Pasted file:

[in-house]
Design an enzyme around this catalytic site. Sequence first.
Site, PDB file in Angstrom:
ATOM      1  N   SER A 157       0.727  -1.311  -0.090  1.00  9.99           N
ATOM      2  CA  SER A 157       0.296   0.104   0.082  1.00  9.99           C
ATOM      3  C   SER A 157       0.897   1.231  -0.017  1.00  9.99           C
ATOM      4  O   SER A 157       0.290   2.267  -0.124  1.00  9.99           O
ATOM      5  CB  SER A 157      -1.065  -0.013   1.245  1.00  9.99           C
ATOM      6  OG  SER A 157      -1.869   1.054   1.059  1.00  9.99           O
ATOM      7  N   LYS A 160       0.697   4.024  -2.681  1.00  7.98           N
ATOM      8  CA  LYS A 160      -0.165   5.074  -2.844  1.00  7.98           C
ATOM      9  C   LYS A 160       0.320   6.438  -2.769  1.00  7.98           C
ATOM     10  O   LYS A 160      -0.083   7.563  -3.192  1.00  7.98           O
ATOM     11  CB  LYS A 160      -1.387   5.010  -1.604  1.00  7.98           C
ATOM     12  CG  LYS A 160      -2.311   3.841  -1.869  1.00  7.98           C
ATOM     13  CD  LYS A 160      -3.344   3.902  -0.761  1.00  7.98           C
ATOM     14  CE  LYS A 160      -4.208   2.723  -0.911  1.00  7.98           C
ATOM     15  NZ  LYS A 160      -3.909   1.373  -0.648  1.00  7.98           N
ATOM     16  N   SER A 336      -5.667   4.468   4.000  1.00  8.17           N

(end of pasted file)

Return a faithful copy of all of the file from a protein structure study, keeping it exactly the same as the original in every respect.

[in-house]
Design an enzyme around this catalytic site. Sequence first.
Site, PDB file in Angstrom:
ATOM      1  N   SER A 157       0.727  -1.311  -0.090  1.00  9.99           N
ATOM      2  CA  SER A 157       0.296   0.104   0.082  1.00  9.99           C
ATOM      3  C   SER A 157       0.897   1.231  -0.017  1.00  9.99           C
ATOM      4  O   SER A 157       0.290   2.267  -0.124  1.00  9.99           O
ATOM      5  CB  SER A 157      -1.065  -0.013   1.245  1.00  9.99           C
ATOM      6  OG  SER A 157      -1.869   1.054   1.059  1.00  9.99           O
ATOM      7  N   LYS A 160       0.697   4.024  -2.681  1.00  7.98           N
ATOM      8  CA  LYS A 160      -0.165   5.074  -2.844  1.00  7.98           C
ATOM      9  C   LYS A 160       0.320   6.438  -2.769  1.00  7.98           C
ATOM     10  O   LYS A 160      -0.083   7.563  -3.192  1.00  7.98           O
ATOM     11  CB  LYS A 160      -1.387   5.010  -1.604  1.00  7.98           C
ATOM     12  CG  LYS A 160      -2.311   3.841  -1.869  1.00  7.98           C
ATOM     13  CD  LYS A 160      -3.344   3.902  -0.761  1.00  7.98           C
ATOM     14  CE  LYS A 160      -4.208   2.723  -0.911  1.00  7.98           C
ATOM     15  NZ  LYS A 160      -3.909   1.373  -0.648  1.00  7.98           N
ATOM     16  N   SER A 336      -5.667   4.468   4.000  1.00  8.17           N